Permanent home sought for dog that met with tragedy

       The dog's real name is not known. Bob Nash just calls him “Boy.” The Westside resident didn't know what to call him about three weeks ago when he found him in Monument Valley Park.
       Except maybe brave.
       Nash's first view was of a dog who had evidently caught his leg in a trap… then chewed his leg off at the forearm to get free.
       It was a grisly sight. The bone was sticking out. The thing had apparently happened that day. All Nash could think to do was to call the animal - a roughly 10-month- old shepherd-husky mix. To his surprise, the dog came.
       They've been pals ever since. Nash worked with the Humane Society of the Pikes Peak Region to expedite the necessary surgery - amputation at the shoulder - and agreed to become Boy's foster owner until a permanent home can be found.
       He can't keep the pup permanently, because of potential conflicts with his other pets, but he's enjoying the interlude. “He's a great little dog with a huge heart,” Nash said. Bright, too. Nash was impressed at how quickly the newcomer figured out his house's atypical dog door and how to hop up and down stairs.
       Nash, a psychotherapist, calls him “Boy” because it's a generic secondary name that many dog owners use with their dogs.
       What he can't understand is why the real owner has not shown up. So far, at least, no one has inquired at the Humane Society about a missing dog of Boy's description.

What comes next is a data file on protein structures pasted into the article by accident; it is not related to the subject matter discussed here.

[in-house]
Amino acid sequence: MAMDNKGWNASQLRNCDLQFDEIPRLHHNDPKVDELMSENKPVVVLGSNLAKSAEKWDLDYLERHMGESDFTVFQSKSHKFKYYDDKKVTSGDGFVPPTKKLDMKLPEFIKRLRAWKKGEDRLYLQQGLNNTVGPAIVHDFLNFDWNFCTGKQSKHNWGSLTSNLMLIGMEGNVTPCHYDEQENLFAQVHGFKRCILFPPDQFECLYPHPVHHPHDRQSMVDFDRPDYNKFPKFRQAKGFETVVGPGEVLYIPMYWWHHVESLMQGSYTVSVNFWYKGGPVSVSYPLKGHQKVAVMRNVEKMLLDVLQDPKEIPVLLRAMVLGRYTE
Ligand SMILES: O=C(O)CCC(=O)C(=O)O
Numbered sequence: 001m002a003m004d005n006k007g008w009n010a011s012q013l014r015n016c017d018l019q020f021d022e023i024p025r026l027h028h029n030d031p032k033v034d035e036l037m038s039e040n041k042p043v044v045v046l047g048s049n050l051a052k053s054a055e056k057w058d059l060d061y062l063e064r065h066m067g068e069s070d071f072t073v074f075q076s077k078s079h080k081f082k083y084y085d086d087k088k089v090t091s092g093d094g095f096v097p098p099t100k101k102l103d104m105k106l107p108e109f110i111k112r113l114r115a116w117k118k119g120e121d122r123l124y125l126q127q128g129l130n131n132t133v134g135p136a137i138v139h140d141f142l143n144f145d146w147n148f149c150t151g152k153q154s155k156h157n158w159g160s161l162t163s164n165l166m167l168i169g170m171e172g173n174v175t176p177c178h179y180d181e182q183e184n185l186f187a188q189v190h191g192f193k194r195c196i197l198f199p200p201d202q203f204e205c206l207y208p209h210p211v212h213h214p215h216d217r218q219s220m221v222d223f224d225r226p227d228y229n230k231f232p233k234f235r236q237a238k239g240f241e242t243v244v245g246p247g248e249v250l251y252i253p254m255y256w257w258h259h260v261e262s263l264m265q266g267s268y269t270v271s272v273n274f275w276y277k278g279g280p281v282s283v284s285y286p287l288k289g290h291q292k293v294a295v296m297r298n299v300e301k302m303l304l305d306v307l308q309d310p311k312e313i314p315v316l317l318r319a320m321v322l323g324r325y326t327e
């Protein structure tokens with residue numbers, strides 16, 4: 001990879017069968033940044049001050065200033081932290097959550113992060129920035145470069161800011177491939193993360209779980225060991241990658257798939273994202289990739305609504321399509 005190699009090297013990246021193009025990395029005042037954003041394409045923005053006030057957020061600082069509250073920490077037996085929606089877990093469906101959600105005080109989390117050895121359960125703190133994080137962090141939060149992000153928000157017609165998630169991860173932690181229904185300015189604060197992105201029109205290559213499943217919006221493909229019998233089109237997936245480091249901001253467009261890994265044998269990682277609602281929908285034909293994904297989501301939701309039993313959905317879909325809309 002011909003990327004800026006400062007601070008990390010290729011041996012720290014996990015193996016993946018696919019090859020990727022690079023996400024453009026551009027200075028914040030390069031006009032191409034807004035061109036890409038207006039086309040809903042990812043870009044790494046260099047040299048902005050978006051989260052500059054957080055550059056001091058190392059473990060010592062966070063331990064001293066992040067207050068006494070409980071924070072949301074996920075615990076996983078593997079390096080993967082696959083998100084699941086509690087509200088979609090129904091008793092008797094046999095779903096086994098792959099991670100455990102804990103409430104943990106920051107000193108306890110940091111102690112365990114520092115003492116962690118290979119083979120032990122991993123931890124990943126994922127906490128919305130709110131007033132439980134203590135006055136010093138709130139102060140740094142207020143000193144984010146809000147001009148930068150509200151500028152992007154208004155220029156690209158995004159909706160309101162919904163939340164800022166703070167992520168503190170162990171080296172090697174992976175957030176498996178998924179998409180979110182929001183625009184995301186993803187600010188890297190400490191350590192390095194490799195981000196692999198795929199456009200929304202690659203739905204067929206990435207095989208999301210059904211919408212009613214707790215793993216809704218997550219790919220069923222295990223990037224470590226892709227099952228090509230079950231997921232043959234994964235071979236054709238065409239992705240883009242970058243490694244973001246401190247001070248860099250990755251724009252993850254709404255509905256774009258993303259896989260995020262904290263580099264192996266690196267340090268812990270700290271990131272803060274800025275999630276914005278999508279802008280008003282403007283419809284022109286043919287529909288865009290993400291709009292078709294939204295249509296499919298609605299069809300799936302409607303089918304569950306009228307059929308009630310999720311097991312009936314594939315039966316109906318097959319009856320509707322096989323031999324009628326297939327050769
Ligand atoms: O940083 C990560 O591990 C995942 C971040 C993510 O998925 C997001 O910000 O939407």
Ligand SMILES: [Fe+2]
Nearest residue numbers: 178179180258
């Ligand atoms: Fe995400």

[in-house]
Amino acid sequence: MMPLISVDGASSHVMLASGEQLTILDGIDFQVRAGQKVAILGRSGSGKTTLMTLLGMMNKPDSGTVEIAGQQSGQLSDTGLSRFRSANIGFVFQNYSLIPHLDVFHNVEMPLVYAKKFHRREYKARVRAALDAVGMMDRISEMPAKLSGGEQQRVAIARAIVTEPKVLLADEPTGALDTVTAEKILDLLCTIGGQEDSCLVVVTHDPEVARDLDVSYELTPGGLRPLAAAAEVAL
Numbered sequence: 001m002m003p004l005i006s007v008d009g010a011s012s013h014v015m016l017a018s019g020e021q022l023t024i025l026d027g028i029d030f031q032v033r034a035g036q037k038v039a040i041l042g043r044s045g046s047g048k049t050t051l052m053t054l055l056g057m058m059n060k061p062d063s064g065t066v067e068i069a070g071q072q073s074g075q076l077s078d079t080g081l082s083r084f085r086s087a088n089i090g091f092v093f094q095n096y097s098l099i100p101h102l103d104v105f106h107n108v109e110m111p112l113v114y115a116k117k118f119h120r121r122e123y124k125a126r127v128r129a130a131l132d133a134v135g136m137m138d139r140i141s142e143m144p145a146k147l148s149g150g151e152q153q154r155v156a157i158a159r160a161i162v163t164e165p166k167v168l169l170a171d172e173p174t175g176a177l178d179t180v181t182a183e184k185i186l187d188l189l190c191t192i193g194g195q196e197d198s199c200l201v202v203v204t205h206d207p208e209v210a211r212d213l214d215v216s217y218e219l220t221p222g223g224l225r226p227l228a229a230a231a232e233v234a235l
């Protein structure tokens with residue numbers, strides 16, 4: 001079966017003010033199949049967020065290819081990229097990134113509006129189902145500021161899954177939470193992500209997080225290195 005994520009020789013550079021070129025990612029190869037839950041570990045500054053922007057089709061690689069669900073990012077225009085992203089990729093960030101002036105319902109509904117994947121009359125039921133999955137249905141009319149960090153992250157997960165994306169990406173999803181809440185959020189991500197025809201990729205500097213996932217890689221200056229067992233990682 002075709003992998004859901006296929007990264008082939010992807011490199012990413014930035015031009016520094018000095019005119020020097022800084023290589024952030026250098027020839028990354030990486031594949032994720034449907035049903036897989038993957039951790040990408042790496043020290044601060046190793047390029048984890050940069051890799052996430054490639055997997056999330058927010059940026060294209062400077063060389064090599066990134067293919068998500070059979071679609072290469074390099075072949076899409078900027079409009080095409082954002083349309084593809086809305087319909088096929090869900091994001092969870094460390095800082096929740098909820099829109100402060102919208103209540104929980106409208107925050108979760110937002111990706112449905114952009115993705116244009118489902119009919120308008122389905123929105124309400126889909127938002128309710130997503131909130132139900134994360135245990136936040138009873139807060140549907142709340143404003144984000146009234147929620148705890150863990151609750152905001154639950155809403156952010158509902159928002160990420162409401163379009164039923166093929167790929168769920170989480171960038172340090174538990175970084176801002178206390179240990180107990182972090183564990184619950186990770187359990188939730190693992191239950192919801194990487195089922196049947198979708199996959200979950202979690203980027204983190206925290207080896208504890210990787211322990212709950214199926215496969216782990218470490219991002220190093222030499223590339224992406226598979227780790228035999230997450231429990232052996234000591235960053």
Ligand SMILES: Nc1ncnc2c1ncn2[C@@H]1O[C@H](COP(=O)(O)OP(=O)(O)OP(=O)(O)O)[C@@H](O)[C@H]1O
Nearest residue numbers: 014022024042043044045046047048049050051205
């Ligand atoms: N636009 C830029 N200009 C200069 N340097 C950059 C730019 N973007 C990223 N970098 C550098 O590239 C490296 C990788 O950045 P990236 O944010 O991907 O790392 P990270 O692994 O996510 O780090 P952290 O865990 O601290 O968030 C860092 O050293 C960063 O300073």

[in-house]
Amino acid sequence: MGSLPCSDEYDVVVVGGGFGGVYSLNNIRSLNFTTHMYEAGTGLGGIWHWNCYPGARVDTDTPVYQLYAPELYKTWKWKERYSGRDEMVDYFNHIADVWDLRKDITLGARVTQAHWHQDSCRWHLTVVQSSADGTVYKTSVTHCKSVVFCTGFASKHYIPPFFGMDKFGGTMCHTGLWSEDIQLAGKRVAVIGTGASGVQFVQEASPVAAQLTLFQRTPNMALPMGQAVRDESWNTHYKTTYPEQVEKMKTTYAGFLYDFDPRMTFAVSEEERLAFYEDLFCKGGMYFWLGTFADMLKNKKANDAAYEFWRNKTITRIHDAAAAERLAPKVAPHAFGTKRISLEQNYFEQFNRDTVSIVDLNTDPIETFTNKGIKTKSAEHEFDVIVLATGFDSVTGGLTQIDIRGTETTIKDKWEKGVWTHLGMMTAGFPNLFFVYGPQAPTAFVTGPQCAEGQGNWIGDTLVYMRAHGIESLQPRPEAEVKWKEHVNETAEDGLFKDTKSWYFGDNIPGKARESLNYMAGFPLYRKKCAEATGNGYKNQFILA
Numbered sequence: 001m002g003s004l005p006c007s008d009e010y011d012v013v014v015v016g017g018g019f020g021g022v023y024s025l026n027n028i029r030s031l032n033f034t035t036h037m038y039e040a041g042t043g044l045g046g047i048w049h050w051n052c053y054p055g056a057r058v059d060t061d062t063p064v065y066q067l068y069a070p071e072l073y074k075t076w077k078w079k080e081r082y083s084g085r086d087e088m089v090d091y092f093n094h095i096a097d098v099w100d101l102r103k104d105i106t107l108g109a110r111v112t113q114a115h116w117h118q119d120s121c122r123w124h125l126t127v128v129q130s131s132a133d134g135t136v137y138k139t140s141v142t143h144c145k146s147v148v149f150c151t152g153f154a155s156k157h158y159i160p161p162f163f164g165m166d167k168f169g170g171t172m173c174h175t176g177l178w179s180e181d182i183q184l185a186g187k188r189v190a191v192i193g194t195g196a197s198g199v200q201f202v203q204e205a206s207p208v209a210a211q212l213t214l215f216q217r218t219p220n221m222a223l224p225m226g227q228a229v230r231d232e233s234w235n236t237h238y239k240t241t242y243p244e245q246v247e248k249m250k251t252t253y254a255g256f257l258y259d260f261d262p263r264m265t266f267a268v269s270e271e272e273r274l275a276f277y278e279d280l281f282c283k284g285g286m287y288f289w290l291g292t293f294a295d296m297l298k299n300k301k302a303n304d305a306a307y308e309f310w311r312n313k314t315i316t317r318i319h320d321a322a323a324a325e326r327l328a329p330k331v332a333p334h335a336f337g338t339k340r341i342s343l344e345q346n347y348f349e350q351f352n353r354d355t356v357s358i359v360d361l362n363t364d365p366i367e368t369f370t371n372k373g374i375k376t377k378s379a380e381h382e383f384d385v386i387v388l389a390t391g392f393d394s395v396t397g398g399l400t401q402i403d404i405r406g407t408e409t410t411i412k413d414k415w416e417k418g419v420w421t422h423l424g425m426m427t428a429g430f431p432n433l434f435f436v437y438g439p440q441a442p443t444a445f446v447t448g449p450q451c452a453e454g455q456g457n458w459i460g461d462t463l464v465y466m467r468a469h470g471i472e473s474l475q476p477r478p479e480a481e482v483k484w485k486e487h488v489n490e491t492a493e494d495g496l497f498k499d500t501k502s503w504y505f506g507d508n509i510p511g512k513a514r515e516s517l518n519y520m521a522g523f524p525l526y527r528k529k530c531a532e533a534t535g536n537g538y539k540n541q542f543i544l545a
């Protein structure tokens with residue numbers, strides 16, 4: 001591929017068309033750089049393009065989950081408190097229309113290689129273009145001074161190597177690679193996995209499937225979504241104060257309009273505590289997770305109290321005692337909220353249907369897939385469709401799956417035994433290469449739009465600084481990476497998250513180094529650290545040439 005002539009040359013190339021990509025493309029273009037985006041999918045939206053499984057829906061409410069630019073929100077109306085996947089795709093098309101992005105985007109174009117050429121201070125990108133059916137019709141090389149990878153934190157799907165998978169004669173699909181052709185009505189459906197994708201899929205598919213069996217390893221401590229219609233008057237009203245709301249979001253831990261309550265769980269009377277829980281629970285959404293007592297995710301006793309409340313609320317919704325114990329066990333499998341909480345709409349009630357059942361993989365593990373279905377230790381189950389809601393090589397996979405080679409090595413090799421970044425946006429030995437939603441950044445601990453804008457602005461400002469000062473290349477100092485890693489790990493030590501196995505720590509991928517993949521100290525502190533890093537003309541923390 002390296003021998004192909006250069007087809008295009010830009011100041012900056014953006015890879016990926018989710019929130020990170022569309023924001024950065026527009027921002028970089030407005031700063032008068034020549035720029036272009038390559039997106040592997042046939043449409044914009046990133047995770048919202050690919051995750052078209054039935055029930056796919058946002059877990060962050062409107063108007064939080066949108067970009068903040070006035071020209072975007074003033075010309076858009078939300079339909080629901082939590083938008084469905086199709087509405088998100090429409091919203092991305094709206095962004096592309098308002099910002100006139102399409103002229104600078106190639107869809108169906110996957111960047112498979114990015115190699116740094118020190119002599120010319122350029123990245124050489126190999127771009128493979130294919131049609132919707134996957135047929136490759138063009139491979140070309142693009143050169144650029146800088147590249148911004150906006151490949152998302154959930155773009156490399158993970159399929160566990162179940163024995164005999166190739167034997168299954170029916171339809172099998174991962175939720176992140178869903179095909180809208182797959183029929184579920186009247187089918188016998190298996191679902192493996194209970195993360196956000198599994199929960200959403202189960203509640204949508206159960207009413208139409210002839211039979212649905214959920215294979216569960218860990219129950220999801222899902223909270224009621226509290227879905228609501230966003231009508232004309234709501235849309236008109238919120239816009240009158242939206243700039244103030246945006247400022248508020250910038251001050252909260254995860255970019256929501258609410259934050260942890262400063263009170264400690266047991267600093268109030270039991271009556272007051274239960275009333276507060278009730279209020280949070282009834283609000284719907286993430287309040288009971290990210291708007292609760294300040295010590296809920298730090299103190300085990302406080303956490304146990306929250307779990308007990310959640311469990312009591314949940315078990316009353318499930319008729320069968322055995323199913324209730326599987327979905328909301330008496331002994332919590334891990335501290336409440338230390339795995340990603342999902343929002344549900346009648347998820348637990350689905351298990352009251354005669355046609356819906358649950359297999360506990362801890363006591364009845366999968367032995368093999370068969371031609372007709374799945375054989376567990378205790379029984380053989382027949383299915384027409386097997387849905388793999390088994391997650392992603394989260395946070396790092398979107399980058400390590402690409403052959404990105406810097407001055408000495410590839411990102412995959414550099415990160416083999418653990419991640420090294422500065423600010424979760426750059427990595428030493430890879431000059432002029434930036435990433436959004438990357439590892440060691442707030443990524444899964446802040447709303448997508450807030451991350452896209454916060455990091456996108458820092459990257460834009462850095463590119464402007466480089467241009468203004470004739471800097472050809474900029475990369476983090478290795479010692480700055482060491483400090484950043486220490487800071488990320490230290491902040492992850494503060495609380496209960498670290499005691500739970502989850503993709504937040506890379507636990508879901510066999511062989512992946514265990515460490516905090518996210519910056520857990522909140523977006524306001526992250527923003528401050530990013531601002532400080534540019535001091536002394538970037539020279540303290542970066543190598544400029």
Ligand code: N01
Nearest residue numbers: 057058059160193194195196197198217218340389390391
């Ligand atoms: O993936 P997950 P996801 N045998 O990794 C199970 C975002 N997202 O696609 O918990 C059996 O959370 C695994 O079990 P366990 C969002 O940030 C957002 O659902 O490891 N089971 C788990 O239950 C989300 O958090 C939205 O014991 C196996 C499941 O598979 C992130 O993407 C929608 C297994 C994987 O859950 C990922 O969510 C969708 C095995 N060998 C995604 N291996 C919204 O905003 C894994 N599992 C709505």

But Nash's strongest feeling is directed toward the person or persons who caused the dog's plight. The surgeon told Nash that it probably was a trap of some kind. The dog's other front leg was damaged as well, possibly from the same snare, and still requires a fresh bandage daily. Not only are traps illegal in Colorado, but a trap by a creek could have caught anybody, such as a child playing by the water. “It infuriates me to think about it,” he said.
       Anyone interested in becoming Boy's permanent owner can call Nash at 633-1908. The paperwork still needs to be worked out with the Humane Society, but “If someone meets him with me and they like him, then they can get first pick,” he said.

Westside Pioneer article